Atlas of pathology
Where: digestive system, intestines
Differential diagnosis: Coccidiosis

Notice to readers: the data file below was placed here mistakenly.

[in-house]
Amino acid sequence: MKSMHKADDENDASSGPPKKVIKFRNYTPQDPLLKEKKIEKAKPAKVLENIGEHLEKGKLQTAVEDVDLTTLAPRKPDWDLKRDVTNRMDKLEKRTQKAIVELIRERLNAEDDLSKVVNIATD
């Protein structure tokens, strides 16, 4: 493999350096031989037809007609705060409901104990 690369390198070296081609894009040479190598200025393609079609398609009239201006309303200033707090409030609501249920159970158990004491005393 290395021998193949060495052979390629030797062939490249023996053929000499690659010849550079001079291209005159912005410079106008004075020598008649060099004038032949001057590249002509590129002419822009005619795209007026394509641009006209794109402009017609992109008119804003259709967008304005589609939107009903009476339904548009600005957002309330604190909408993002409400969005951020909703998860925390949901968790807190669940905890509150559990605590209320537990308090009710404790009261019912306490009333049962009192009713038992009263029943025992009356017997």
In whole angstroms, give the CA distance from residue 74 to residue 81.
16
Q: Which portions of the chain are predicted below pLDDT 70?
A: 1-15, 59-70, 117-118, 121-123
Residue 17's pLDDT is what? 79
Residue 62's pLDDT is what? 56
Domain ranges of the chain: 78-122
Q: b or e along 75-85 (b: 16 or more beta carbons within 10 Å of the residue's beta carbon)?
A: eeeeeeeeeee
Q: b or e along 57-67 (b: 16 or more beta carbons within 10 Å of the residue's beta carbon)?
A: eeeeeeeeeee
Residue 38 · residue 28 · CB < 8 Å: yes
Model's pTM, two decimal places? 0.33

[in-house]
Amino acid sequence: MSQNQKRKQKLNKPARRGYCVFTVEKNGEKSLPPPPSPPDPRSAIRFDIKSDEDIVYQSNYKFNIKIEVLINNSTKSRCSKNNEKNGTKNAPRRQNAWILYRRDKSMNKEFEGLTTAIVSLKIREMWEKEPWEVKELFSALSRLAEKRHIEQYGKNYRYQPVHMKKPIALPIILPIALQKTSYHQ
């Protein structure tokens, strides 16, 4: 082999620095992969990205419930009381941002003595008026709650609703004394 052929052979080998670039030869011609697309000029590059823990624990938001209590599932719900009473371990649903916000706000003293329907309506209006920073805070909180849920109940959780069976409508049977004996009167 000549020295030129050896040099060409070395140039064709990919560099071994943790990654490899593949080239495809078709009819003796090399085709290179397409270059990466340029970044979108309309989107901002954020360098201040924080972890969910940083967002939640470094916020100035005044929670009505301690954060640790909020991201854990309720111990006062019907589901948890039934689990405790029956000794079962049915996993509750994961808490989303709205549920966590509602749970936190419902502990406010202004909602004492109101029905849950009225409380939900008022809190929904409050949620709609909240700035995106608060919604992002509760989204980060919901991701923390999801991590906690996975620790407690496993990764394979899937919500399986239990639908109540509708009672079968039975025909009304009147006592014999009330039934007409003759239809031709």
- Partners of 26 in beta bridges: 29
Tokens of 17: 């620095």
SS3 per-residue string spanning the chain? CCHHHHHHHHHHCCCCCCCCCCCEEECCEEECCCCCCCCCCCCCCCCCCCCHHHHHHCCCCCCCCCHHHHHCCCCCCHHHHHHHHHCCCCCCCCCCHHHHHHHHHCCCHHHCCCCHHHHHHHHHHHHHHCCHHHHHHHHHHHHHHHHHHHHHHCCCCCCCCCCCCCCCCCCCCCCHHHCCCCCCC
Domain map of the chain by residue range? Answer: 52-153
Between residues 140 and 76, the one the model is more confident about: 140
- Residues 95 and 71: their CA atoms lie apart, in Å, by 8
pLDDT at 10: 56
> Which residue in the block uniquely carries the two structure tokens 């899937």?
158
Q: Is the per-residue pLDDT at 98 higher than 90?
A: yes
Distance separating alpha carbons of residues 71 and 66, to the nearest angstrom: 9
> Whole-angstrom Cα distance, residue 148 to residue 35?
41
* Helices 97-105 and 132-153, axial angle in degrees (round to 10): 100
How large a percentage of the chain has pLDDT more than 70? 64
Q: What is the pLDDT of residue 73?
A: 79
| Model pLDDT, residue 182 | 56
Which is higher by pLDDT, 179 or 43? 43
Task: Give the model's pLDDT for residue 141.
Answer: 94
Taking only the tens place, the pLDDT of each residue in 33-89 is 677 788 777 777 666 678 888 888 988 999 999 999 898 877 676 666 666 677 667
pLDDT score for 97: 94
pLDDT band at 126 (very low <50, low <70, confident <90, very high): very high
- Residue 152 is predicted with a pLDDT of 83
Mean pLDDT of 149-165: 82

These organisms are Isospora suis, the common form of coccidiosis in pigs. Most affected piglets are one to two weeks-old and appear thin with a poor body condition. Isospora suis develops in the cells of the intestines of neonatal piglets over several days and causes damage to the lining of the intestine. The disease is often worse in warmer weather, when oocysts survive better in the lactation pens. The faeces of the affected piglets are often soft, creamy and pasty and grey to yellow, resembling toothpaste. Piglets in litters from both sows and gilts can be affected. At autopsy, the intestines have a pasty to liquid contents and a pale chalk-like appearance to the inner mucosal surface of the middle of the small intestine. Samples of the intestine require careful histologic examination of the epithelial cells to visualise these twin banana-shape coccidian forms.